Exercise 4.6. A subset $S \subseteq X$ is dense in $X$ if $cl(S) = X$. Let $f, g : X → Y$ be continuous. If $f_{|S} = g_{|S}$ on some dense subset $S$ of $X$ then $f = g$.

I've seem this topic $f,g$ continuous from $X$ to $Y$. if they are agree on a dense set $A$ of $X$ then they agree on $X$ but in my class we have not formaly defined Hausdorff spaces. So I attempt a proof.

Attempted proof:

Proof: Let $f, g: X \rightarrow Y$ be continuous. If $S$ is closed, $cl(S) = X = S$ and $X - S$ = $\emptyset$ so the result follows trivially. Assume that S is not closed. Let $x_0 \in X - S$ such that $f(x_0) \neq g(x_0)$.

Fix $\varepsilon > 0$ small enough such that $|f(x_0) - g(x_0)| > 2\varepsilon$. Then $B_y(f(x), \varepsilon) \bigcap B_y(g(x), \varepsilon) = \emptyset$. Observe that $x_0$ belongs to the pre-images of both balls. Since $f,g$ are continuous, define $\delta := min(\delta_{f}, \delta_{g})$ where $\delta_{f}, \delta_{g}$ are such that

$B_x(x, \delta_{f}) \subseteq f^{-1} B_y(f(x), \varepsilon)$ and $B_x(x, \delta_{g}) \subseteq g^{-1} B_y(g(x), \varepsilon)$.

Since $x \in cl(S)$, we have that $A = (B_x(x, \delta) \bigcap S) \neq \emptyset$. Then $\exists y \in A$ s.t. $f(y) \neq g(y)$. This is a contradiction since $y \in f^{-1} B_y(f(x), \varepsilon)$ and $y \in g^{-1} B_y(g(x), \varepsilon)$ implies that $f(y) \in B_y(f(x), \varepsilon)$ and $g(y) \in B_y(g(x),\varepsilon$), but $f(y) = g(y)$ and these two sets are disjoint.

Is it ok? Anything I could enhance? Language, more straightforwardness?

P.S. "Since $x \in cl(S)$..." in this part I used the property that if $x$ belongs to the closure of a set, then any open ball in $x$ must intersect the set.



Your proof seems fine to me, but this one might be sligthly more straightforward.

A function is continuous at $c$ if $$\lim_{x \mapsto c} f(x)=f(c).$$ Since both function are continuous and agree on a dense set, it means that there exists a sequence $x_n$ in your dense set where they both agree. Then you get $$f(c) = \lim_{n \to \infty} f(x_n) = \lim_{n \to \infty} g(x_n)=g(c)$$

  • $\begingroup$ The moral of the history is that any sequence in S can converge to cl(S), right? $\endgroup$ – jpugliese Feb 15 '18 at 15:59
  • $\begingroup$ By that I mean that I need a sequence $x_n$ in my dense set that converges to a point in $X - S$ and both agree. So $c$ needs to be in $X- S$. $\endgroup$ – jpugliese Feb 15 '18 at 16:10
  • $\begingroup$ In fact, you can do it for any $c$ in $X$, but you are already aware of the fact that both $f$ and $g$ agree on your dense set $S$. The only important point is that the sequence converging to $c$ is in your dense set $S$ $\endgroup$ – Maxime Scott Feb 16 '18 at 14:13

The trouble is, the statement is false in general topological spaces. Let $X=\mathbb R$ with usual topology, $S=\mathbb Q$ and $Y=\{0,1\}$ with indiscrete topology (only $\emptyset$ and $Y$ are open). Then the functions $f(x)=0$, $g(x)=\begin{cases}0&x\in S\\1&x\not\in S\end{cases}$ are both continuous, both agree on $S$, but not on $X$.

So, we need to impose additional criteria (e.g. that the topological space $Y$ is Hausdorff, or, stronger, that it is a metric space). Then you can prove the following (fairly trivial) statement (see: $X$ is Hausdorff if and only if the diagonal of $X\times X$ is closed):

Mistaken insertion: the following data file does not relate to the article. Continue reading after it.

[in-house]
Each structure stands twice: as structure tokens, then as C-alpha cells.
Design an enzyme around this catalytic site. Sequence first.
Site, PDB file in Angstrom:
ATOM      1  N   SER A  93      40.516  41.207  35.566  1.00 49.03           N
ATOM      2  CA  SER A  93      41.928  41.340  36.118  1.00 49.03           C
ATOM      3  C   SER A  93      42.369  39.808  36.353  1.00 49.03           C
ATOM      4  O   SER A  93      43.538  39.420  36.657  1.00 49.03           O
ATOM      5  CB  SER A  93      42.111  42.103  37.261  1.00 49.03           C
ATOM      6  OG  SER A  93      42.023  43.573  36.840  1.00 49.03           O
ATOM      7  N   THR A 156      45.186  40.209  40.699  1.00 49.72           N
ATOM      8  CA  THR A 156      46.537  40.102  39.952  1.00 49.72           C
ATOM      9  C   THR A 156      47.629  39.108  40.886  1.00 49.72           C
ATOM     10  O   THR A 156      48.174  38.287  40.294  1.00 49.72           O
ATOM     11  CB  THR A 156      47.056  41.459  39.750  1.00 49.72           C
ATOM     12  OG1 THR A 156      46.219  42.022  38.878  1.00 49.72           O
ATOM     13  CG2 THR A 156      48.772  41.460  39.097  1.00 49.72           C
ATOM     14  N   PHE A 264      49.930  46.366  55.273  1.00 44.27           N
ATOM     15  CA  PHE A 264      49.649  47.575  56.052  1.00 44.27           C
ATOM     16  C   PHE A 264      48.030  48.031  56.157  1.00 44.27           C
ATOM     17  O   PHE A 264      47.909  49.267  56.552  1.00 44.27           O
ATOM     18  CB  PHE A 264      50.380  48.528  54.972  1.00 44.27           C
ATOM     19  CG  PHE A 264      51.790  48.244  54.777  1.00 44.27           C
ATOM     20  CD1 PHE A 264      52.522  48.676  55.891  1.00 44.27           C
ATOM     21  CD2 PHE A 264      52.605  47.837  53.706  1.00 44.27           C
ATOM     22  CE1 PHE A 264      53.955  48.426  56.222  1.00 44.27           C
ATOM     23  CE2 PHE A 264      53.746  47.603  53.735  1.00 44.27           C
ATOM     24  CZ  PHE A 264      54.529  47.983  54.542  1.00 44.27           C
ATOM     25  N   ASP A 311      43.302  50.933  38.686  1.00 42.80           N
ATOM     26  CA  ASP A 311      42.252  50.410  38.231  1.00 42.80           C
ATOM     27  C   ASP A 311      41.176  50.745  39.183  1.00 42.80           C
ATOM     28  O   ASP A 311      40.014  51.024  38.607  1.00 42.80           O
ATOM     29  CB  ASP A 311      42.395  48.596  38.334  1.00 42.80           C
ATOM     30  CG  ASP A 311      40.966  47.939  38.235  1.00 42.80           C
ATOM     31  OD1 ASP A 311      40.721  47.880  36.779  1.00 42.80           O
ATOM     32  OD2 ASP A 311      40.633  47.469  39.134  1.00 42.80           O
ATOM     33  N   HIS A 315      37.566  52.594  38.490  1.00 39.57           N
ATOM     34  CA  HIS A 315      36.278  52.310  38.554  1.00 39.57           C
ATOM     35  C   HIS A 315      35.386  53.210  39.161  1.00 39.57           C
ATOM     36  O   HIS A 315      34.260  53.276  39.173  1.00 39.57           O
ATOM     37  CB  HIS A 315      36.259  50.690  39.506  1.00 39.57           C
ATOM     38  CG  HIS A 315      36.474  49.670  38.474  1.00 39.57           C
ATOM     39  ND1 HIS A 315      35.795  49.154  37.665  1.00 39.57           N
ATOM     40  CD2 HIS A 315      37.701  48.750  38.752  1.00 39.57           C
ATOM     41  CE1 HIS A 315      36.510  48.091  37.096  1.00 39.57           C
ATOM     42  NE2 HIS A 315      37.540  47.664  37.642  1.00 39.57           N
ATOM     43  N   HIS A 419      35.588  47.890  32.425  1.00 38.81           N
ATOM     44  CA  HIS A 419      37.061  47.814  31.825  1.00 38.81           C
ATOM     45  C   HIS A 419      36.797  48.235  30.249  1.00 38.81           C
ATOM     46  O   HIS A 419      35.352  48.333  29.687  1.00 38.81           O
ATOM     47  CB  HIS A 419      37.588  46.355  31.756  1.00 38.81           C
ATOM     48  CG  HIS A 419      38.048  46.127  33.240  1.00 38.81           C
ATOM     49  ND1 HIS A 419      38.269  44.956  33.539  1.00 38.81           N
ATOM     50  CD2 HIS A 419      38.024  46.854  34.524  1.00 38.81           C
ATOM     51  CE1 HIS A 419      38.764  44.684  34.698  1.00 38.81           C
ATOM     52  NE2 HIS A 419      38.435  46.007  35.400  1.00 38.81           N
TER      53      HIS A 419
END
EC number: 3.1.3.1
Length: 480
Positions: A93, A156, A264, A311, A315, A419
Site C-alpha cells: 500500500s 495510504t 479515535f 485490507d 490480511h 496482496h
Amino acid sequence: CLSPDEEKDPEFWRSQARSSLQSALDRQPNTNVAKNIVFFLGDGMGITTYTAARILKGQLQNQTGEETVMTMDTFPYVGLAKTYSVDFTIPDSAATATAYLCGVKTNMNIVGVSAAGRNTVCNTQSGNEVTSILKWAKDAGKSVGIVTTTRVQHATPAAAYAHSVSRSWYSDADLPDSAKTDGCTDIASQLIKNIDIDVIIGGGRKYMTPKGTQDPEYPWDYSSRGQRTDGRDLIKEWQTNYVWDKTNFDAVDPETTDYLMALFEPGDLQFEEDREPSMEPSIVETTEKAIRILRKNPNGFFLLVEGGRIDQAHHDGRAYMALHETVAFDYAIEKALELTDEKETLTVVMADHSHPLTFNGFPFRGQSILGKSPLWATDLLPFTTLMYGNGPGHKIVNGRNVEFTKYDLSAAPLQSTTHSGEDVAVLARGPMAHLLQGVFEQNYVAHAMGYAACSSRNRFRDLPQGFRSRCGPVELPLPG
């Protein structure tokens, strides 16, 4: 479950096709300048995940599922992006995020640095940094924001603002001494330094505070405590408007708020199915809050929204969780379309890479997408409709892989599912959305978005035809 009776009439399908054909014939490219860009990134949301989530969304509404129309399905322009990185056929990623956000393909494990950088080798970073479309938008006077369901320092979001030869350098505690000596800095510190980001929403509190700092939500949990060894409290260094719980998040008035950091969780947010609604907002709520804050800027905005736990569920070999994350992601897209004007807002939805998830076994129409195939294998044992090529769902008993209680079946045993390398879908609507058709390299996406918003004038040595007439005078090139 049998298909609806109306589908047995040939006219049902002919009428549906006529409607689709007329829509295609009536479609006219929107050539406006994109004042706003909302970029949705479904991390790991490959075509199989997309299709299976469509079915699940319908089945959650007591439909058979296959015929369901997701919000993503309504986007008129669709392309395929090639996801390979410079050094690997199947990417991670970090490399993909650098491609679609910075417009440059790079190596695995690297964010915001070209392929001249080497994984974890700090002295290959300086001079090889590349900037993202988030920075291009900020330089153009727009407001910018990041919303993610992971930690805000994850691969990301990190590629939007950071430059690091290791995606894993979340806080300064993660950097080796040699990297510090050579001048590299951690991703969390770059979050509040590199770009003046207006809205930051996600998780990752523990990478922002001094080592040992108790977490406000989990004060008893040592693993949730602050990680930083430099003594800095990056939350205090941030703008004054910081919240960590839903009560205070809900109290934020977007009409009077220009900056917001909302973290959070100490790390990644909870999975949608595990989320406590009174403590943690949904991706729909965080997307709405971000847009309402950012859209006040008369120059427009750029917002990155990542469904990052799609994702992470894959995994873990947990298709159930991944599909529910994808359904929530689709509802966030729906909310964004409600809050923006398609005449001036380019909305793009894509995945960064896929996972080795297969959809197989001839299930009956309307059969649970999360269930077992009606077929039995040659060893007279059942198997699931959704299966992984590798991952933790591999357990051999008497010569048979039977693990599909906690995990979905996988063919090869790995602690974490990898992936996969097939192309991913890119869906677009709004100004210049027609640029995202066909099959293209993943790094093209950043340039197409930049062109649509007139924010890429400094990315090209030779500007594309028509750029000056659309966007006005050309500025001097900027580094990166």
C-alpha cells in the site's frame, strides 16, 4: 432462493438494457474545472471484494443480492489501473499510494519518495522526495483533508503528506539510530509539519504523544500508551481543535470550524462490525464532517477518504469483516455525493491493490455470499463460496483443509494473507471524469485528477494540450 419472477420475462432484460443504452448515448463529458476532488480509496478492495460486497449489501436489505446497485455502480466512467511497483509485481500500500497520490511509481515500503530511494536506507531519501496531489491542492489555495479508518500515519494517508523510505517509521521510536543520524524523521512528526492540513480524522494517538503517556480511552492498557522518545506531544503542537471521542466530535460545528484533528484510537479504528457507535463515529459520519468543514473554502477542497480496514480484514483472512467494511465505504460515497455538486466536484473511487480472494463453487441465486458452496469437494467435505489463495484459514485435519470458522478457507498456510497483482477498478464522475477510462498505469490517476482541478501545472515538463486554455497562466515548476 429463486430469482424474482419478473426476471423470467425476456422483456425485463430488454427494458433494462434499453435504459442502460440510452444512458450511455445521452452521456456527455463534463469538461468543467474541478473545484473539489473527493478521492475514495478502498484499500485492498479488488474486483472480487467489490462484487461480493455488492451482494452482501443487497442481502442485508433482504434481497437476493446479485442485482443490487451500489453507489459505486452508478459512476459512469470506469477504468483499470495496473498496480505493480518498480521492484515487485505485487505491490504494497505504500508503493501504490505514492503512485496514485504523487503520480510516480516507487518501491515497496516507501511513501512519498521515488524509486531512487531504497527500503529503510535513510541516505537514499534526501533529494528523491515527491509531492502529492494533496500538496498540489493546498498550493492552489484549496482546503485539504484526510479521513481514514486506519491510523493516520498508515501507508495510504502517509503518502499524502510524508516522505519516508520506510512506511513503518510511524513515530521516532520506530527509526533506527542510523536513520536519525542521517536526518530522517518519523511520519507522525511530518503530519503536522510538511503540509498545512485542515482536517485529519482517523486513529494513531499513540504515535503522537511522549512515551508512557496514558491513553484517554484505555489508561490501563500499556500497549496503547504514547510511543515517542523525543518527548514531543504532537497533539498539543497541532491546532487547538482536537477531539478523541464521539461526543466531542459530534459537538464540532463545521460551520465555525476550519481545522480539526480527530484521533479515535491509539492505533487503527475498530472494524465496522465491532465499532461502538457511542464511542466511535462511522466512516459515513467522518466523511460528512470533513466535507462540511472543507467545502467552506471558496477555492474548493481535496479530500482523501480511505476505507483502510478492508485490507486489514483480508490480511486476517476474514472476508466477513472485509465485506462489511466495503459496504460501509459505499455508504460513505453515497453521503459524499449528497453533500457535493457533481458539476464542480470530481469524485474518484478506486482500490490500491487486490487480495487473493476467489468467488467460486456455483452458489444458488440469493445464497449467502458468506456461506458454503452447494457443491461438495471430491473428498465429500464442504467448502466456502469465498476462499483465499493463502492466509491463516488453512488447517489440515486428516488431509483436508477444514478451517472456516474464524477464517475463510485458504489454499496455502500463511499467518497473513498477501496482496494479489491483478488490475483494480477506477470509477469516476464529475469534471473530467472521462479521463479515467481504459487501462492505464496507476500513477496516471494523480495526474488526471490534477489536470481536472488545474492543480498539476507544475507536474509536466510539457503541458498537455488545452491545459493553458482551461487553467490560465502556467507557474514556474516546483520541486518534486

(1) In $Y\times Y$, the diagonal $D_Y=\{(y,y)\mid y\in Y\}$ is closed.

In a metric space, the proof that the diagonal is closed is much easier: note the map $d:Y\times Y\to\mathbb R$ (distance) is continuous, and the diagonal is the pre-image of the closed set $\{0\}$.

Also, the following is always valid (see: Continuity of cartesian product of functions between topological spaces):

(2) The function $f\times g:X\to Y\times Y$, where we define: $(f\times g)(x)=(f(x), g(x))\in Y\times Y$, is continuous.

Thus, combining (1) and (2): the pre-image of $D_Y$ in $f\times g$ is a closed subset of $X$ containing $S$, so it must contain $\overline{S}=X$.

  • $\begingroup$ The function, in your statement, $g(x)$ is not continuous on $X=\Bbb{R}.$ The user specified that both $f,$ and $g$ are continuous on all of $X,$ and agree on a dense subset. $\endgroup$ – Chickenmancer Feb 15 '18 at 15:39
  • $\begingroup$ I'm confused. Is that true, or not? My professor is excellent at mathematics and I'm inclined to doubt he would make such a mistake. As Chickenmancer stated, both f and g are continuous. And X is a metric space. $\endgroup$ – jpugliese Feb 15 '18 at 15:58
  • $\begingroup$ @jpugliese It is continuous, but note that $Y$ has a weird topology. Every sequence in $Y$ converges, and it converges to both $0$ and $1$. This is what it (kind-of) means that it is not Hausdorff - bad things happen! $X$ may be a metric space; $Y$ most certainly is not in my example. $\endgroup$ – user491874 Feb 15 '18 at 16:28
  • $\begingroup$ @Chickenmancer See my previous comment addressed at jpugliese. $\endgroup$ – user491874 Feb 15 '18 at 16:29
  • $\begingroup$ $g(x)$ cannot be continuous on $\Bbb{R}$ since the sequence $\frac{1}{n\pi}\to 0$ in limit but $g(\frac{1}{n\pi})=1$ for all $n.$ $\endgroup$ – Chickenmancer Feb 15 '18 at 17:38

Your Answer

By clicking “Post Your Answer”, you agree to our terms of service, privacy policy and cookie policy

Not the answer you're looking for? Browse other questions tagged or ask your own question.